Sunday, January 31, 2021

Come back, Trebbiano, we miss you so

Dearest Trebb,

It seemed just like yesterday we were sitting by the beach enjoying each other’s company, the gentle waves lilting to the cadence of the soft Italian jazz music coming from Chalet Federico. Lordy, I miss you so.

It’s not that I haven’t tried to move on. I’ve tried almost everything in the book. I’ve tried your neighbor, Verdicchio. It just wasn’t the same. I’ve ventured further north, and tried Soave and Lugana, no luck. I even ventured to France and had a fling or two with Ugni Blanc. But I kept coming back to you, Trebb. There’s something about Trebbiano Abruzzese.

Partly, I think, it was that you were one of my first loves in Italy. I got to know you really well. At first, you were rough and prone to vitiation. After all, your makers were just digging out from years of war, followed by a scramble of progress, the likes of which in the history of wine something we had never experienced. Well, I should say, they had never experienced. It was something that took hundreds, if not thousands of years to come about. And you, little ‘ol you, were the ubiquitous cub that just wouldn’t relent.

Oh, they tried, your makers. They tried Chardonnay. They tried Sauvignon Blanc. Heck, they tried Riesling. But you persisted and persevered, playing the long game.

Oh, over the years we had such good times. I showed you off to as many of my friends and people that I could. There were naysayers, the snobs. "Putain," the long-nosed Gaul would say when I tried to win a place on his fancy French wine list. “This is not wine; it is window cleaner.” And I’d sidle away, as if there actually were venom in my fangs.

The Californians were equally contemptuous. At an all-American place, I’d be told, “There is no flavor in this Trebbiano, it is insipid and vapid. We need fuller, richer, oakier! Come back when you have that!”

And so I did, once. One of your makers decided to blend you with the noble grapes, and indenture you with them in a vat of new Limousin oak. I took it back to the French wine snob and the American upstart.

“Not bad, but you must give us a better price,” they clamored in a chorus of two. “After all, we have Meursault and Russian River to compete against.” So, again I slinked off. I’d had them put makeup on you as if to camouflage your native beauty so it would be acceptable to my overlords. But it wasn’t good enough for them.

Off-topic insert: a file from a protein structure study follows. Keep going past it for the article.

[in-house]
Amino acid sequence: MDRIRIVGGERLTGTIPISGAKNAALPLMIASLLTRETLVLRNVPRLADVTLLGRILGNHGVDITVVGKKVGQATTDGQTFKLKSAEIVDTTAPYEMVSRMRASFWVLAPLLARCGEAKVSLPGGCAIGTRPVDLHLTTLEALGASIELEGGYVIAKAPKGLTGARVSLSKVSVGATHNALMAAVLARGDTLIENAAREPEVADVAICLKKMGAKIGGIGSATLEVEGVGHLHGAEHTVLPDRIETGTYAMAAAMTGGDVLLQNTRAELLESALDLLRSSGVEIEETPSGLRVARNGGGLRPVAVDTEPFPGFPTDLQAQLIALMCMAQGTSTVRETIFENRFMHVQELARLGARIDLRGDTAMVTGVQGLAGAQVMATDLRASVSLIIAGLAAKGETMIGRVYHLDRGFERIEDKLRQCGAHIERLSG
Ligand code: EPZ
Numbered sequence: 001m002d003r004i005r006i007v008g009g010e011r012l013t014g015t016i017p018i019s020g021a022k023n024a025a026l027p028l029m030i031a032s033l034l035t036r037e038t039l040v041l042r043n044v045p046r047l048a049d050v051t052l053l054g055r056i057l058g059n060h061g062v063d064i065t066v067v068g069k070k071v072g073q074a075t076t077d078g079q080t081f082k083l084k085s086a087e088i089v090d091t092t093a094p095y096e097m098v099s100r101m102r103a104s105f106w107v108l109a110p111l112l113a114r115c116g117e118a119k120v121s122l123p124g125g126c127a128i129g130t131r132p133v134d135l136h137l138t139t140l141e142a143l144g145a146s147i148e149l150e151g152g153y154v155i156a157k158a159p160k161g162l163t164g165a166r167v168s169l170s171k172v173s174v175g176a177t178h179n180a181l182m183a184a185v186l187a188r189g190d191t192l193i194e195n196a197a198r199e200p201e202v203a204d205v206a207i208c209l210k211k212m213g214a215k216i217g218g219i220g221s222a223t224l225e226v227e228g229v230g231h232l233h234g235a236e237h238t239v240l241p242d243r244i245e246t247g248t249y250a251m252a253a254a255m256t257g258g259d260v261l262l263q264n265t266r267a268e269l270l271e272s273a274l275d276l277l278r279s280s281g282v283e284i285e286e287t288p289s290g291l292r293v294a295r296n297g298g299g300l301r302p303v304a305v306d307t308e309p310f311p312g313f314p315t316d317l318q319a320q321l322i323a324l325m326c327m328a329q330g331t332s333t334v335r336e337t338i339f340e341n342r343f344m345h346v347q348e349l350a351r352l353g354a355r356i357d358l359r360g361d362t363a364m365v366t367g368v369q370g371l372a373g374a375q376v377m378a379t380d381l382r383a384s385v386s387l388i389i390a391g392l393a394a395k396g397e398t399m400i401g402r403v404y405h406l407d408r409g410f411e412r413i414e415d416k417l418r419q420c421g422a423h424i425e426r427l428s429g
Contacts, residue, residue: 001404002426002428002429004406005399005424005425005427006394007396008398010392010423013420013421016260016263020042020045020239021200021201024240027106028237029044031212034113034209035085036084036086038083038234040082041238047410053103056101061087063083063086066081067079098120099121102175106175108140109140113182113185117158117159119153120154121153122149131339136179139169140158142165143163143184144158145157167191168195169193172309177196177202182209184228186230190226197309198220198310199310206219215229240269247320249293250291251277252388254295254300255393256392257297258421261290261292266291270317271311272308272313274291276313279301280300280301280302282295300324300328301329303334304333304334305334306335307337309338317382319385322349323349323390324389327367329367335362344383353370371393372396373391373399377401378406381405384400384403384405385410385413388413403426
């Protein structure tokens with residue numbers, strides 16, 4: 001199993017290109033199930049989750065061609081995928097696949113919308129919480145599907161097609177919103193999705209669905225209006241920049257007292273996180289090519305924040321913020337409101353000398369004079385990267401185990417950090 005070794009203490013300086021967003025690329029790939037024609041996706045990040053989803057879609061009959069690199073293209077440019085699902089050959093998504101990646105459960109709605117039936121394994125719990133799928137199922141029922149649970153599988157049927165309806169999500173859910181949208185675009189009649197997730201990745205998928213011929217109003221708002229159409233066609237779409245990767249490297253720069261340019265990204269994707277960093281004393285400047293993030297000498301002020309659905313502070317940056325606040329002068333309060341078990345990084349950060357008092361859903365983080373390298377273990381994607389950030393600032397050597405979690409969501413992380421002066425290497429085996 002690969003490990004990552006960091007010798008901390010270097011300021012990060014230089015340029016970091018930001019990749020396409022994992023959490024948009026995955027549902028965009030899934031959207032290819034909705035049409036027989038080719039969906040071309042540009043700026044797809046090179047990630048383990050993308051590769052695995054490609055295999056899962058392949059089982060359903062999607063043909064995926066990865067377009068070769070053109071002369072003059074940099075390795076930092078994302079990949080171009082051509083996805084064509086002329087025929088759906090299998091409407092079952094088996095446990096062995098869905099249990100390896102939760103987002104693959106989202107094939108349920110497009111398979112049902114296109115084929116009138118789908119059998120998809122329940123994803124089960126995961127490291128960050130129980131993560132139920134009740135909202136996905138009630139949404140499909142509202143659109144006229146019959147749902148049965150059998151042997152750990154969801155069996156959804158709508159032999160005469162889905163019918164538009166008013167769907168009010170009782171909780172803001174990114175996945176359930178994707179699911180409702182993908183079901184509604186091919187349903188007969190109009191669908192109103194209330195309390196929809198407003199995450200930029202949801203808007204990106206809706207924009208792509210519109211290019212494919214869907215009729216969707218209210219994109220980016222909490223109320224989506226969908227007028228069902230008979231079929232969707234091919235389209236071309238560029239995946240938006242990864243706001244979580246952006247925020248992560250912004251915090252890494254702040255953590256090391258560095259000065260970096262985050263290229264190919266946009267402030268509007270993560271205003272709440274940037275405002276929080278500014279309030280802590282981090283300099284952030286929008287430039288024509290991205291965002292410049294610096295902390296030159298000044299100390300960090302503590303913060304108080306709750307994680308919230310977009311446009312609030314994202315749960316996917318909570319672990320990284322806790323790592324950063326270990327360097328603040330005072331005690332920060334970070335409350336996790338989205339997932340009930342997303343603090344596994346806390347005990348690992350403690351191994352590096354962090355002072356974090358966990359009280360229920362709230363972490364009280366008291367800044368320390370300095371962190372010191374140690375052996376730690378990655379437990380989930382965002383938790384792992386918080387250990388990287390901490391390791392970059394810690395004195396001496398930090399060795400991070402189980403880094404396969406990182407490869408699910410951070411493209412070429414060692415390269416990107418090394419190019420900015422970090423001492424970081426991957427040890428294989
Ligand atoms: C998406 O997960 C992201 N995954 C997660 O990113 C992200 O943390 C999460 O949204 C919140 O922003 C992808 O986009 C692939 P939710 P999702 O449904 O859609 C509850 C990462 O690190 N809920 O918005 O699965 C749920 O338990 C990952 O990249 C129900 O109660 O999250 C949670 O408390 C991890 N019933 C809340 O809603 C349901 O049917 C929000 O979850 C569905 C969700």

So, back to who you really were. The times were changing.

On the way back, we ran into a claptrap band of Gaianists, and they wanted to put you into the ground, bury you in terra cotta and let you be. “No intervention, only Gaia,” they would hum along with the three guitar chords they’d learned. “We want you to be simply you, we love you just the way you are,” channeling their inner Fred Rogers. And so you become who you were before we met, a dark, rusty limp. It was as if all the years together made no difference, the “we want the world and we want it now” tribe loved your hairy armpits, your smelly bum. I thought I was going to lose you.

And, in a way, I did. The bright, cheery, vivacious fair-haired beauty that I fell in love with on that beach, by the Adriatic, in the summertime of my youth, had changed. And so, I moved on. To Vermentino, to Arneis, to Riesling.

But, still, in the back of my mind, you lingered, you persisted. You never abandoned the inner me.

I want you back in my life. Come back to America. We’ve changed, really. Bring your brightness and clarity back. We need what you have, what you are. We need your truth on our tables and in our glasses and in our life, again. It’s been too long.


Forever yours,

wine blog +  Italian wine blog + Italy W
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